Rep. Ashley Hinson voted against caps for seniors’ insulin prices, lower health care prices, and policies to keep companies from cheating on their taxes.
The Republican representative spoke briefly on the floor of the House of Representatives during debate for the Inflation Reduction Act, which passed on Friday, Aug. 7, without any support from Republicans. President Joe Biden will sign the bill Tuesday.
Among many things, the bill caps insulin prices for Medicare recipients at $35 and caps their drug costs at $2,000 a year. Medicare will also be able to negotiate drug prices with pharmaceutical companies starting in 2026, and companies won’t be able to raise their prices faster than Medicare’s inflation rate without paying penalties.
Hinson voted “no” and said the bill was a waste of taxpayer money when she spoke on the floor.
“Now, Speaker Pelosi is arguing for yet another tax-and-spending spree, wasting hundreds of billions of taxpayer dollars on Green New Deal priorities, and raising taxes on middle-class families. This will worsen inflation,” she said.
The Green New Deal part refers to historic investments designed to boost America’s infrastructure and industries so the country can become a leader in developing renewable energy technology and in that energy production, while making renewable energy cheaper and more sustainable for regular Americans in their day-to-day lives.
Among those policies are a lot of tax incentives—tax breaks—for families to make the switch to cleaner energy sources and away from fossil fuels. There are also multiple requirements for domestic production, which will lead to job growth, and less reliance on foreign energy resources.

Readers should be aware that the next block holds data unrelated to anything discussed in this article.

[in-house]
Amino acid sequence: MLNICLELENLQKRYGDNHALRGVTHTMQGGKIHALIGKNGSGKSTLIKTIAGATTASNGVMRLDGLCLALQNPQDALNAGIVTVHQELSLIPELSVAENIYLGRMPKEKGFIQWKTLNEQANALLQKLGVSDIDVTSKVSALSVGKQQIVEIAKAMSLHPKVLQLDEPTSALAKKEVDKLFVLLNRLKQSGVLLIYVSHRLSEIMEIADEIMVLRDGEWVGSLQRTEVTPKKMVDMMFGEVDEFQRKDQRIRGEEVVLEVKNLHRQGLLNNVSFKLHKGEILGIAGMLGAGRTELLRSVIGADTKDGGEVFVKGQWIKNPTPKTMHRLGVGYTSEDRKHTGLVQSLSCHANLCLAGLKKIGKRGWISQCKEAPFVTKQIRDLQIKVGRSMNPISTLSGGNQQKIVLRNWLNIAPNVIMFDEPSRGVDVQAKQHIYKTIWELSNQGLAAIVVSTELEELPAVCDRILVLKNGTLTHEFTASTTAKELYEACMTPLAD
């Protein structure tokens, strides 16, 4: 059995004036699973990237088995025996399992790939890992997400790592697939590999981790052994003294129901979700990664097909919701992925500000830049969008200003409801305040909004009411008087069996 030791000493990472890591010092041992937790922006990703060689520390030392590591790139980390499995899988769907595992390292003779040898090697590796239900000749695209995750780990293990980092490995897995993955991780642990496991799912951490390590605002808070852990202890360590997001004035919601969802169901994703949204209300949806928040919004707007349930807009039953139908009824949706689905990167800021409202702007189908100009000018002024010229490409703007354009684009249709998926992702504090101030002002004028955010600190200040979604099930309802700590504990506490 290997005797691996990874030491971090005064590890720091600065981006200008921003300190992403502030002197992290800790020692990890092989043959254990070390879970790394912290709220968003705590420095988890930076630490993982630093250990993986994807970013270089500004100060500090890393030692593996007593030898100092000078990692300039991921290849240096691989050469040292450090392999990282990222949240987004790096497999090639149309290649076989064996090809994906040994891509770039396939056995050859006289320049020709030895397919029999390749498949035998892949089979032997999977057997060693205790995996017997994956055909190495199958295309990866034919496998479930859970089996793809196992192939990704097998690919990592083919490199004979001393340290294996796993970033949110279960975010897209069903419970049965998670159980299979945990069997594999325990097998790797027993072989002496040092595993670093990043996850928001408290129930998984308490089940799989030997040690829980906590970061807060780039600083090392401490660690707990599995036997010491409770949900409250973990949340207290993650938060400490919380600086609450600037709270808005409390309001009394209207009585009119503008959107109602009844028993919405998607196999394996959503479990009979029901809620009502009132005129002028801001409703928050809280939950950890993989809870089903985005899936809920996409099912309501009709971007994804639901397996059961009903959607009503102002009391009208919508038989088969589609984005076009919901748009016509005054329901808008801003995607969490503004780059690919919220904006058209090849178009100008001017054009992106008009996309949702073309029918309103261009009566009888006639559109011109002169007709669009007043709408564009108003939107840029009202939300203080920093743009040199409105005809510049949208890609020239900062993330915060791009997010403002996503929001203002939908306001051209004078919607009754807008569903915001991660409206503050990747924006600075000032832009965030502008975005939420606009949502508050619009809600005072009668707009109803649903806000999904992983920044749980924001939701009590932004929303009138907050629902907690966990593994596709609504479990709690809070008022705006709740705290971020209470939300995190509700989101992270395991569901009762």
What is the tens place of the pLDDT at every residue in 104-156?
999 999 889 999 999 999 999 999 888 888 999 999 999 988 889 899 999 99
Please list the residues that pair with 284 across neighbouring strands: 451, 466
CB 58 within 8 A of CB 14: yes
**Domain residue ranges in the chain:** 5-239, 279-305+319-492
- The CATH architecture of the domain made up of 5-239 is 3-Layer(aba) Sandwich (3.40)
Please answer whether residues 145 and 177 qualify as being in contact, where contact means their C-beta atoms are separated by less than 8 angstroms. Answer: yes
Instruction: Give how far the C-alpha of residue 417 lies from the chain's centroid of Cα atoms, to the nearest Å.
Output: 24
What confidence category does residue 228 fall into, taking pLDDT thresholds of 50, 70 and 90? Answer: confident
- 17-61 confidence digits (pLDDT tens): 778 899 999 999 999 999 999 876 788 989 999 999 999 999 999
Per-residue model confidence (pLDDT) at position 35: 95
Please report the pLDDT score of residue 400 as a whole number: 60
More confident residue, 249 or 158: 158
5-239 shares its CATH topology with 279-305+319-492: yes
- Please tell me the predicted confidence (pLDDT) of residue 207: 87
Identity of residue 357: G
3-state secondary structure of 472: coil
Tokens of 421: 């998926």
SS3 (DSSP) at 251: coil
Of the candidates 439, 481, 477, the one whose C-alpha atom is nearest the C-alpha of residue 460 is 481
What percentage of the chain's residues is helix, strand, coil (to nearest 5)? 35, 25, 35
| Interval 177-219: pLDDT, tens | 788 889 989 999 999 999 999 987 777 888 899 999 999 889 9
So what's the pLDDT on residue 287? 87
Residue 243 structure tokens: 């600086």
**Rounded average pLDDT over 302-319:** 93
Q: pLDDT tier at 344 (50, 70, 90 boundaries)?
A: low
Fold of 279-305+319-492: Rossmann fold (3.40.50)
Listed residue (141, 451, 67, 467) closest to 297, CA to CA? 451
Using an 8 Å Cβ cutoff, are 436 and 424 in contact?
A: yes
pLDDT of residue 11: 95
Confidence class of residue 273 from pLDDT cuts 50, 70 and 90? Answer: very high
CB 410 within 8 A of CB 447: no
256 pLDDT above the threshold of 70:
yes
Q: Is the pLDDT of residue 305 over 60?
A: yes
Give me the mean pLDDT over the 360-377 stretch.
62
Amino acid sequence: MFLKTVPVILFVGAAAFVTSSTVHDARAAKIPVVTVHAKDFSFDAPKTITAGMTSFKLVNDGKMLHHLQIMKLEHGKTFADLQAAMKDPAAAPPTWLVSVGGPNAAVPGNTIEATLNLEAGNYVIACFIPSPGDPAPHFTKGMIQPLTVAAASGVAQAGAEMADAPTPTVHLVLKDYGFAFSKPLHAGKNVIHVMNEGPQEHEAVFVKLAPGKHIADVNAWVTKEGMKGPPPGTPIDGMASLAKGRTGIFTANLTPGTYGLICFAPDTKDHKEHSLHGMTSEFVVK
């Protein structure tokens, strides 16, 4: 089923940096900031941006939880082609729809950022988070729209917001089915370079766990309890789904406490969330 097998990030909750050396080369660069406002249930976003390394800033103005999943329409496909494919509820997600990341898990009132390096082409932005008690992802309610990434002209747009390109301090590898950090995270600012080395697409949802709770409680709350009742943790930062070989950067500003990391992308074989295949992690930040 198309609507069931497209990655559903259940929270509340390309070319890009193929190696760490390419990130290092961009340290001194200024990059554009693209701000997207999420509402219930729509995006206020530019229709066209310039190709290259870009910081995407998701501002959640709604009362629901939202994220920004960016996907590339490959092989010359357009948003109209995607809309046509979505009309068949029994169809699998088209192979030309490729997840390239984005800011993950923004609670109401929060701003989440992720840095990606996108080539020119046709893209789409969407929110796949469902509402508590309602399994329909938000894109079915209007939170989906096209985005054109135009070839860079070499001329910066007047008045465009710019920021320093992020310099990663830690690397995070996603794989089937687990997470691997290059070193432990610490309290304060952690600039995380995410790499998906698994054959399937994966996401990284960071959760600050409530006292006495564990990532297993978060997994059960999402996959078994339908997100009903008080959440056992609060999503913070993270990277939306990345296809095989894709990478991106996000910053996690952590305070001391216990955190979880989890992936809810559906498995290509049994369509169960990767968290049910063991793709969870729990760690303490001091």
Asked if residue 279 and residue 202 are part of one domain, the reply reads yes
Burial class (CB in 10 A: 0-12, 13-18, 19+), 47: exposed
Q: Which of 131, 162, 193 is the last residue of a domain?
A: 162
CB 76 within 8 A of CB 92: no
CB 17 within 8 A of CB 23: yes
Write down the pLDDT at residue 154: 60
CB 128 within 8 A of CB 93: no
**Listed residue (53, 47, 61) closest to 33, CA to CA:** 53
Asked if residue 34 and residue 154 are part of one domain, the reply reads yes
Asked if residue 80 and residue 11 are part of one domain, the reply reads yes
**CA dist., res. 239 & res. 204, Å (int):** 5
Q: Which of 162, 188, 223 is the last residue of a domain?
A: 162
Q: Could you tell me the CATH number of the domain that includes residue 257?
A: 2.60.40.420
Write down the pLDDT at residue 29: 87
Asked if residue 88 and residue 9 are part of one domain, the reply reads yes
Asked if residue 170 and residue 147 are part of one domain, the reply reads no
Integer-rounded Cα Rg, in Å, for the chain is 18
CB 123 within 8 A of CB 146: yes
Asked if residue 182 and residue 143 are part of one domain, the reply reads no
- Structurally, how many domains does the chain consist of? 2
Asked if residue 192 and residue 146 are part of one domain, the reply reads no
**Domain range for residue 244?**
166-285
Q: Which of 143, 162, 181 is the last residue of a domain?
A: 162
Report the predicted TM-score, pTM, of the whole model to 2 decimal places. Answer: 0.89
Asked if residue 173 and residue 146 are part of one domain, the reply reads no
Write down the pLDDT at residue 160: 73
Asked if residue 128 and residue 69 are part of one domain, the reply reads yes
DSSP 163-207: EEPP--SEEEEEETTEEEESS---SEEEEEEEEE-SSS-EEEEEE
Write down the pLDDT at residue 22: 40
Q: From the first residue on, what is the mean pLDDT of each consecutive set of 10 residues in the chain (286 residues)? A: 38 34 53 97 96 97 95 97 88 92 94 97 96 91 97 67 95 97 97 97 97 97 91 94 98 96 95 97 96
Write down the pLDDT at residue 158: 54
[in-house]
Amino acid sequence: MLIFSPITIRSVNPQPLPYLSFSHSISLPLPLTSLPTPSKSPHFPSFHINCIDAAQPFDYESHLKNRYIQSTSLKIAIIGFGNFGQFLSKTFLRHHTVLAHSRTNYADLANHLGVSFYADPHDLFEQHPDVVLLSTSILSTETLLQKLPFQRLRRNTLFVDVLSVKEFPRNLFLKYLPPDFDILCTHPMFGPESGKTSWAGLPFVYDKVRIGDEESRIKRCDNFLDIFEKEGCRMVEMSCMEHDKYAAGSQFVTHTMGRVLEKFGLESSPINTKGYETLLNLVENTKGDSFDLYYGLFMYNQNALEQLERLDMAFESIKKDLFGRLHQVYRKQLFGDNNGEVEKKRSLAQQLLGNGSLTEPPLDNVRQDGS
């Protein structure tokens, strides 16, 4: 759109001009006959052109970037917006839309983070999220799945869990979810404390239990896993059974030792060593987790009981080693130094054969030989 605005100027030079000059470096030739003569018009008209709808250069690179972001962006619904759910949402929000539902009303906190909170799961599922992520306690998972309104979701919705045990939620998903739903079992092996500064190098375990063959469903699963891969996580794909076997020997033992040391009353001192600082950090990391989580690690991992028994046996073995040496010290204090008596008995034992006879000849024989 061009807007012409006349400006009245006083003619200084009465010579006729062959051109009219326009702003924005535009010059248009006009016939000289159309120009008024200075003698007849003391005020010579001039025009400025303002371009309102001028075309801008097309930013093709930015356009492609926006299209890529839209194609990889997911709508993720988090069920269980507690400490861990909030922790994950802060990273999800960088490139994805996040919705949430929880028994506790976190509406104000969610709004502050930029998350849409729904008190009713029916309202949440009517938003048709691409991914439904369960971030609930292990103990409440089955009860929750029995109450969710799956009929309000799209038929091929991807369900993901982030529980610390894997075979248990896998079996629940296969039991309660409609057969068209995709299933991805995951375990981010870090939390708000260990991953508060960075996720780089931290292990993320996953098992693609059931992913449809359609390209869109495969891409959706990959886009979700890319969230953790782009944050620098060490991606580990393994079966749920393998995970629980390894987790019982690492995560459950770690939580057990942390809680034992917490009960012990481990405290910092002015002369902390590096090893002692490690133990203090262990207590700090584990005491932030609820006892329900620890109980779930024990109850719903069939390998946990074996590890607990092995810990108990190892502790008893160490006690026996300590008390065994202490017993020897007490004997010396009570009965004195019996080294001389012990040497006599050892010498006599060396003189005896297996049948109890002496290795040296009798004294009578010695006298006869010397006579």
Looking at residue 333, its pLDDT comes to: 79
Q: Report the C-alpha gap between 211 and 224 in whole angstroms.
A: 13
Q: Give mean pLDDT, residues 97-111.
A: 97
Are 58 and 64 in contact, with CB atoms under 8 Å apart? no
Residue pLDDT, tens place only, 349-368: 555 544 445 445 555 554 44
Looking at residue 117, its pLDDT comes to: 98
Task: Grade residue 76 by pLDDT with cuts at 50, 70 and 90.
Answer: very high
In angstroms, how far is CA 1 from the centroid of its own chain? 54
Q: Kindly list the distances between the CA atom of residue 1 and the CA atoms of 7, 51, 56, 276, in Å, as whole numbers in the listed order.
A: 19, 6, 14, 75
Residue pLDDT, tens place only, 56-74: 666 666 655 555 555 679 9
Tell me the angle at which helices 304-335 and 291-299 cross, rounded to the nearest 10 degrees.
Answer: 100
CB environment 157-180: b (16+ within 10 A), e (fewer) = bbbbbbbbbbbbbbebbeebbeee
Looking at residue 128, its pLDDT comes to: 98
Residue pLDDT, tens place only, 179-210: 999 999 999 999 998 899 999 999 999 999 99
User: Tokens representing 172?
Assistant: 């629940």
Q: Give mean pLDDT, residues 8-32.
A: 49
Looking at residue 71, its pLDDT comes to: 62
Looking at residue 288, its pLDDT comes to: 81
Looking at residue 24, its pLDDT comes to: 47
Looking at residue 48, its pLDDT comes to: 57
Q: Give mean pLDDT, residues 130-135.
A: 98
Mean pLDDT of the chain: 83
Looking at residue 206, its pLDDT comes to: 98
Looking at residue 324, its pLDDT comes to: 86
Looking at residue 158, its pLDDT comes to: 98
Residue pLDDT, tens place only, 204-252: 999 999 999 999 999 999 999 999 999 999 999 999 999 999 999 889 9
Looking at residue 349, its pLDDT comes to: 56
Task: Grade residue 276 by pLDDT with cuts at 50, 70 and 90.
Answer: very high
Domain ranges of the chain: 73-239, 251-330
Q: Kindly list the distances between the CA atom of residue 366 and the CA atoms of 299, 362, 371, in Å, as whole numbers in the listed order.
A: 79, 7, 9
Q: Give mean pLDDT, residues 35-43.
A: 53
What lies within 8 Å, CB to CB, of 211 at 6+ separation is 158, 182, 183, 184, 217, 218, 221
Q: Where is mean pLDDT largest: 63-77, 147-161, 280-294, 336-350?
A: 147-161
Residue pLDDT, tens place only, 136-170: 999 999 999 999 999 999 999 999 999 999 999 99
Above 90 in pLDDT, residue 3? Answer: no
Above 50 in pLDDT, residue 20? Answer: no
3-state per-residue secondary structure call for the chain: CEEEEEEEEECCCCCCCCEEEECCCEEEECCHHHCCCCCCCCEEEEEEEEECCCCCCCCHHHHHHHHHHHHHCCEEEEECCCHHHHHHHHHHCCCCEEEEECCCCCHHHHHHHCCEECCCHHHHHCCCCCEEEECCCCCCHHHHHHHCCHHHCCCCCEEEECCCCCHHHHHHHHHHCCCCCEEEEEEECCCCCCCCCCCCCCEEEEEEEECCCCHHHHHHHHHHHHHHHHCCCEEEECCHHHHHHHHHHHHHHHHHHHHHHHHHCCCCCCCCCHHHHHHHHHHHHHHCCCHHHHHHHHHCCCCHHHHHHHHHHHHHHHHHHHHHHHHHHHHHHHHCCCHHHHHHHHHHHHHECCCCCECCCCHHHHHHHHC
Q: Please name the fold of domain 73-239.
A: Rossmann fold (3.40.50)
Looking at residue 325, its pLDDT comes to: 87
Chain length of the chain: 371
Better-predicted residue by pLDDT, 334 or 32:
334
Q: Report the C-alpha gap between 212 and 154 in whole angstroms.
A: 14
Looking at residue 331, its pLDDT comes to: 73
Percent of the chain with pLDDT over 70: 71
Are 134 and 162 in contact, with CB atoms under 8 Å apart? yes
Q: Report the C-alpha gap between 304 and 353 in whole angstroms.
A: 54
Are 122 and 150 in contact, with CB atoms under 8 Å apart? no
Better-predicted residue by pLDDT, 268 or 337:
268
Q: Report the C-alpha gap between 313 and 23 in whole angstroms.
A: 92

The Inflation Reduction Act does not raise taxes on middle-class families, either, despite what Hinson said.
Tax increases are going toward corporations, their incomes, and their stock buybacks. Analysts have said the tax on corporations would open a new avenue of money for the government and projections done by Congress estimate the tax on stock buybacks will raise $74 billion in the next 10 years.
Similarly, increasing the funding for IRS won’t target everyday people, but give the long-underfunded agency the resources to deal with the backlog and crack down on the ultra-wealthy who frequently avoid paying taxes.
“Ashley Hinson is trying to spin a vote against measures to bring down inflation and reduce costs for Iowa families. Here’s why: she’d rather protect her big corporate donors than deliver on her promises to Iowans to achieve energy independence, support Iowa’s biofuel industry, lower prescription drug costs and reduce the national debt,” said State Sen. Liz Mathis, who is running against Hinson, in a statement.
“Once again, when Ashley Hinson is in Iowa, she says one thing, but when she is in Washington, she votes against what Iowans need,” Mathis continued.
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